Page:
Watchdog rules against new treatment for lung cancer

tarcevaThousands of lung cancer sufferers are set to be denied the potentially life-extending drug Tarceva, under draft guidance from the government's health watchdog.

Tarceva, which costs £6,796 for the average 125-day course of treatment, is considered one of the few significant advances against non-small cell lung cancer to have occurred for a decade, and is designed for patients who have failed at one chemotherapy regime.

The drug is seen as particularly crucial because it could be effective for 80% of lung cancer sufferers, accounting for 30,000 new cases a year.

While it does not offer a cure, it increases the chances of being alive after a year by 42%, according to the drug manufacturers Roche.

But in a preliminary ruling published yesterday, the National Institute for Health and Clinical Excellence (Nice) ruled out Tarceva, also known as erlotinib, as well as a second drug, Alimta (pemetrexed), on the grounds of cost.

Cancer charities described the guidance - which is not final and is open to consultation - as "deeply disappointing".

The Scottish Medicines Consortium, the Scottish equivalent of Nice, approved the drug for patients in Scotland two months ago, meaning that lung cancer sufferers across the UK are set to get different treatment.

Professor Alex Markham, the chief executive of the leading cancer charity Cancer Research UK, said it would be "incomprehensible for such a drug to be available to patients in Edinburgh but not in Newcastle".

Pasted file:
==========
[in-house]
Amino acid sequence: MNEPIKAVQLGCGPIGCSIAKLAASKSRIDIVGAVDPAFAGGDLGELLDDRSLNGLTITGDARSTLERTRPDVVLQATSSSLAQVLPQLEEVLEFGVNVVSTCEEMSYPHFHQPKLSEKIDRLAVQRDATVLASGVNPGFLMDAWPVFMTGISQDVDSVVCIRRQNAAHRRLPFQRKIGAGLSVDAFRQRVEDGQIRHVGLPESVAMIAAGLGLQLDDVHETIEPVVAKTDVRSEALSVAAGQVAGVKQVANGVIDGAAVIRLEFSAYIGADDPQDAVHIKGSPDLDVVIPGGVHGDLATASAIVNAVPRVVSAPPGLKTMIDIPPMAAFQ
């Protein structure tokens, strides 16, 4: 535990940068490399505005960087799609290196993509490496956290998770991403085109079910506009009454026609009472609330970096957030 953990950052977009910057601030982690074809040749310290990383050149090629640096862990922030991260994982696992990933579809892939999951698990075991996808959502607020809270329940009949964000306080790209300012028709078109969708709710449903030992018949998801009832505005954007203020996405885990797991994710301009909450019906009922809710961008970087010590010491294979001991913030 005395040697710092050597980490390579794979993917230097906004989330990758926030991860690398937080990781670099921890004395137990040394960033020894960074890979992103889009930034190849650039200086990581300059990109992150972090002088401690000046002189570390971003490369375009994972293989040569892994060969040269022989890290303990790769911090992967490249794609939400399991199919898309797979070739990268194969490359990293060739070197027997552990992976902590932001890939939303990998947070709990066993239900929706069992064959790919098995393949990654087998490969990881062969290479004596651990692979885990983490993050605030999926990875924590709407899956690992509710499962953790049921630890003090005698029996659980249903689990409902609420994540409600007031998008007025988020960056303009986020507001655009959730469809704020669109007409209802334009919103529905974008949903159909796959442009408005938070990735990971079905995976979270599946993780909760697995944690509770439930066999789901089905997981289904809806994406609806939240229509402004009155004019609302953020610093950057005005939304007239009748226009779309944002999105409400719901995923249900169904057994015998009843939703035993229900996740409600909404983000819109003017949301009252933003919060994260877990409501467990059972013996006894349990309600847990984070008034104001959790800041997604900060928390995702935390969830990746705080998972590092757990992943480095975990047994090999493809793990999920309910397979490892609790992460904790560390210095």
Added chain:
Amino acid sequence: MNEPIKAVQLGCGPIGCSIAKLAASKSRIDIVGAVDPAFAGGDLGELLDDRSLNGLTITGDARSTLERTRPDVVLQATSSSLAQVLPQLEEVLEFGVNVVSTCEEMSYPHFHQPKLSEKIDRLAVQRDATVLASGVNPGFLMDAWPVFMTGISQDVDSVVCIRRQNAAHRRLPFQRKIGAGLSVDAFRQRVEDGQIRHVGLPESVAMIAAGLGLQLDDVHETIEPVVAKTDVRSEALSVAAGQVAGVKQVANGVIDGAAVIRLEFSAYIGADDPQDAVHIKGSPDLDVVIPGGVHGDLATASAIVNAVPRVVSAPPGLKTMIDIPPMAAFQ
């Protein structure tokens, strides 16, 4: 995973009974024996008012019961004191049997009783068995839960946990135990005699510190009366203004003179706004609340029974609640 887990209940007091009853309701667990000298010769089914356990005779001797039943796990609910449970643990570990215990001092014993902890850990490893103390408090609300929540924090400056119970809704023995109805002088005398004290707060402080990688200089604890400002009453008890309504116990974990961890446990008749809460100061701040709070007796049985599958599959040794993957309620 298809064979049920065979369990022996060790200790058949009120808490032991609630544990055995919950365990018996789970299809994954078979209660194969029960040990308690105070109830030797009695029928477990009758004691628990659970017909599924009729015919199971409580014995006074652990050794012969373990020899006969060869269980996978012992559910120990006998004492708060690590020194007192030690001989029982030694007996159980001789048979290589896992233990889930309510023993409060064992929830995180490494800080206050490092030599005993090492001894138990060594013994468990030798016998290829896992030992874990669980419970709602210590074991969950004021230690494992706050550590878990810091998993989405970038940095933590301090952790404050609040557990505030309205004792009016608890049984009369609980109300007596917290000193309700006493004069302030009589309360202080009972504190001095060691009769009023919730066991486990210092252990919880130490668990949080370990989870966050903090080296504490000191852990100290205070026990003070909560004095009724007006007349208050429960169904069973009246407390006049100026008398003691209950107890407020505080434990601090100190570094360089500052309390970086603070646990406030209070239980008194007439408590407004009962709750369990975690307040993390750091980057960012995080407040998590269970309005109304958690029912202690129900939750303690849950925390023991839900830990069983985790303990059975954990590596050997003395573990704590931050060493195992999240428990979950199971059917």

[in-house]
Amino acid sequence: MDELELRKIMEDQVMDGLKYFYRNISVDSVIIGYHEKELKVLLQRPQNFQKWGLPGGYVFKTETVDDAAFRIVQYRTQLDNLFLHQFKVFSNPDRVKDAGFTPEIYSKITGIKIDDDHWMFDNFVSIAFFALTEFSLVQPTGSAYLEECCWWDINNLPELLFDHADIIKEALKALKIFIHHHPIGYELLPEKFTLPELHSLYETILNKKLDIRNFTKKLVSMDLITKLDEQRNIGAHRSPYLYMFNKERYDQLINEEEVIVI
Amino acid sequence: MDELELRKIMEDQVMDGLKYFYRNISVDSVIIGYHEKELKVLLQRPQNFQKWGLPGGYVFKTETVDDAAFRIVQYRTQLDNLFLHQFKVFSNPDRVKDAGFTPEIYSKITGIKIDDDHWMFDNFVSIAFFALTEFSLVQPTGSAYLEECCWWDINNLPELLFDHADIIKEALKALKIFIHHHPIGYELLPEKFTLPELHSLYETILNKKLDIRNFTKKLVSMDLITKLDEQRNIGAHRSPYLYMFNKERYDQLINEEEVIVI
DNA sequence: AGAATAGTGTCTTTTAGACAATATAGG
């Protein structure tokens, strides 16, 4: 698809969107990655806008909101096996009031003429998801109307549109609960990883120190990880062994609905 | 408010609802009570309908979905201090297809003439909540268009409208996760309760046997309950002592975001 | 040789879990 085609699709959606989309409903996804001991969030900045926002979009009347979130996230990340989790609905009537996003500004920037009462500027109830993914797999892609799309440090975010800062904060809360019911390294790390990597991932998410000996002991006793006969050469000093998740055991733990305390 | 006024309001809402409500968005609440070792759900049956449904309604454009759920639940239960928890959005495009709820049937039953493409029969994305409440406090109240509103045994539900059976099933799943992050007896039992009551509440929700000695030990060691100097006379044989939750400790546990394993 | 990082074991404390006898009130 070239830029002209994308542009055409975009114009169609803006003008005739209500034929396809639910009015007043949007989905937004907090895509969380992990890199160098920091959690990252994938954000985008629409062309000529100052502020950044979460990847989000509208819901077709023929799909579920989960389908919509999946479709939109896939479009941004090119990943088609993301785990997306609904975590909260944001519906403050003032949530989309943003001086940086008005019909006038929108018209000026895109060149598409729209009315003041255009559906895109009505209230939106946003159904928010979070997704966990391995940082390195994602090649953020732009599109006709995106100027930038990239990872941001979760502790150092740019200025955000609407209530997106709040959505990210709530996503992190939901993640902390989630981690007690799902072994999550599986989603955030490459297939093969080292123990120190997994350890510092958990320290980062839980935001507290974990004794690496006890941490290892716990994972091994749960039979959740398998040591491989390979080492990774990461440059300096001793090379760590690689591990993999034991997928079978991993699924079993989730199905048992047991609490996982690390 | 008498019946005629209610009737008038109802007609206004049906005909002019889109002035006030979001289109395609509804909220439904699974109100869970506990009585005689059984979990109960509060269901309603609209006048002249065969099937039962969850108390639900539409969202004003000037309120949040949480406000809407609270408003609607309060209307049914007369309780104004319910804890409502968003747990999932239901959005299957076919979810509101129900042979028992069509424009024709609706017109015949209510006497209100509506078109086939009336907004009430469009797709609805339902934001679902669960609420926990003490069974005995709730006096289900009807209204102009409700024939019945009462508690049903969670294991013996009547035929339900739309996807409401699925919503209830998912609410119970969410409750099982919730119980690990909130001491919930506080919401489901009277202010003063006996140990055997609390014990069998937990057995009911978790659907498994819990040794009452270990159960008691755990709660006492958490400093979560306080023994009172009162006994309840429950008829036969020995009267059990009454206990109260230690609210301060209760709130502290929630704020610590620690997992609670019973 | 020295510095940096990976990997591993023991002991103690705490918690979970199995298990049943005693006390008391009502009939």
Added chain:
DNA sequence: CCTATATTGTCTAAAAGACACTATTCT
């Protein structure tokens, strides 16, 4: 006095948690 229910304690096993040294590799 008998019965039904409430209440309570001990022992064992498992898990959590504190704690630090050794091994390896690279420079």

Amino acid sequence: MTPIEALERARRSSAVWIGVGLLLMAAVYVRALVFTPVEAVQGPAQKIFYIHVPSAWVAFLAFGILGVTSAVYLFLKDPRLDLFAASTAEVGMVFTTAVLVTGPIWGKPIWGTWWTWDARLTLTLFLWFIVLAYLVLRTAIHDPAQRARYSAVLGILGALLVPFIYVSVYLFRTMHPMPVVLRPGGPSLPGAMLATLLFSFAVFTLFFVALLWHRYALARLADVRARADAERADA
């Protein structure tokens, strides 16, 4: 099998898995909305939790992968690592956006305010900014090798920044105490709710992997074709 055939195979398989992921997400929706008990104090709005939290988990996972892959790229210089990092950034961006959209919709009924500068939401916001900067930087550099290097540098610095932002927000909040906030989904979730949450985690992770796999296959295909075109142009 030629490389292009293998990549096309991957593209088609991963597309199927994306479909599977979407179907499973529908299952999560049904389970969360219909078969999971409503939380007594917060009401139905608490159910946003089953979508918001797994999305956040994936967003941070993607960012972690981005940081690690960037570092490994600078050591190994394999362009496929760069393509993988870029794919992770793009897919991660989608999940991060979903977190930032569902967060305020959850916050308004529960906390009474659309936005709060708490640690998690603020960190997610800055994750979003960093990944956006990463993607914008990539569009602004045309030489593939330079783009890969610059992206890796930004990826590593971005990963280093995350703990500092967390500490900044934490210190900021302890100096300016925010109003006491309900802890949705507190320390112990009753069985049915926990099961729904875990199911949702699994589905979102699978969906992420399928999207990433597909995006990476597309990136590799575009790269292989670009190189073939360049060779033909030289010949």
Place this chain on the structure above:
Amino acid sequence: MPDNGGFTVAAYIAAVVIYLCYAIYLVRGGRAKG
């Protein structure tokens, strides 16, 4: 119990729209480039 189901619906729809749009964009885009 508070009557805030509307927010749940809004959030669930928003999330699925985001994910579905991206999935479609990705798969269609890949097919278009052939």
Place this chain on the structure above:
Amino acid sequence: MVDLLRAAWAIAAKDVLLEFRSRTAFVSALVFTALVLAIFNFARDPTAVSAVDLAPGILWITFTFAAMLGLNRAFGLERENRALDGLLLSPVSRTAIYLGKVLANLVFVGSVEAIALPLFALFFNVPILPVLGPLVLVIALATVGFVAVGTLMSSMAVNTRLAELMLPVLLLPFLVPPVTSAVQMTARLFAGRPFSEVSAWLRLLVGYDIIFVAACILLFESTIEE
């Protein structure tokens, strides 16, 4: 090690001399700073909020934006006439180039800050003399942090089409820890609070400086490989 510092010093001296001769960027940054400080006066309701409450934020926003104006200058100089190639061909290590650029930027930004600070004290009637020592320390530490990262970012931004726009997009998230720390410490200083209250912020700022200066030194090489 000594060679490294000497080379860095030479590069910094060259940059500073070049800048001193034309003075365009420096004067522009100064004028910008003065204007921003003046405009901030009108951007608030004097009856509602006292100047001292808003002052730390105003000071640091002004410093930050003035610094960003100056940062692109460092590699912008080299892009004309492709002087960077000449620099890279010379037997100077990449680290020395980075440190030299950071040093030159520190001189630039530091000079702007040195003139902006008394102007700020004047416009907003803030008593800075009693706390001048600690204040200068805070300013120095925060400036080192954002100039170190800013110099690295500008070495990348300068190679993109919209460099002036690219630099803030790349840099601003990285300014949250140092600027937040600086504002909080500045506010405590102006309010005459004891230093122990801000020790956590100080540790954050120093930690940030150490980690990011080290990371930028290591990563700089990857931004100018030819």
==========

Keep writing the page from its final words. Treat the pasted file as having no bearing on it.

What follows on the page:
He added: "Nice reports a lack of direct evidence about the benefits of Tarceva compared with the drug docetaxel [the standard chemotherapy treatment], but lack of evidence does not mean evidence of a lack of benefit.

"Non-small cell lung cancer is very difficult to treat, and Tarceva is one of the few significant advances against the condition to emerge over the last decade. While not a cure, the drug can significantly extend the lives of patients with this form of lung cancer."

Cancer Research UK will now be writing to Nice to express its opposition to this decision and urge the appraisal committee to reconsider before it comes back with a final ruling next year.

In a statement, Nice's chief executive, Andrew Dillon said: "Our initial assessment of the evidence shows that neither of these drugs represents a good use of scarce NHS resources."

Tarceva works by targeting the growth receptor HER-1 and so shrinking tumours. About 3,000 lung cancer sufferers a year - those who fail with chemotherapy -would be eligible for Tarceva.

Its manufacturers Roche said it welcomed the opportunity from Nice to demonstrate the cost and clinical effectiveness of the drug.


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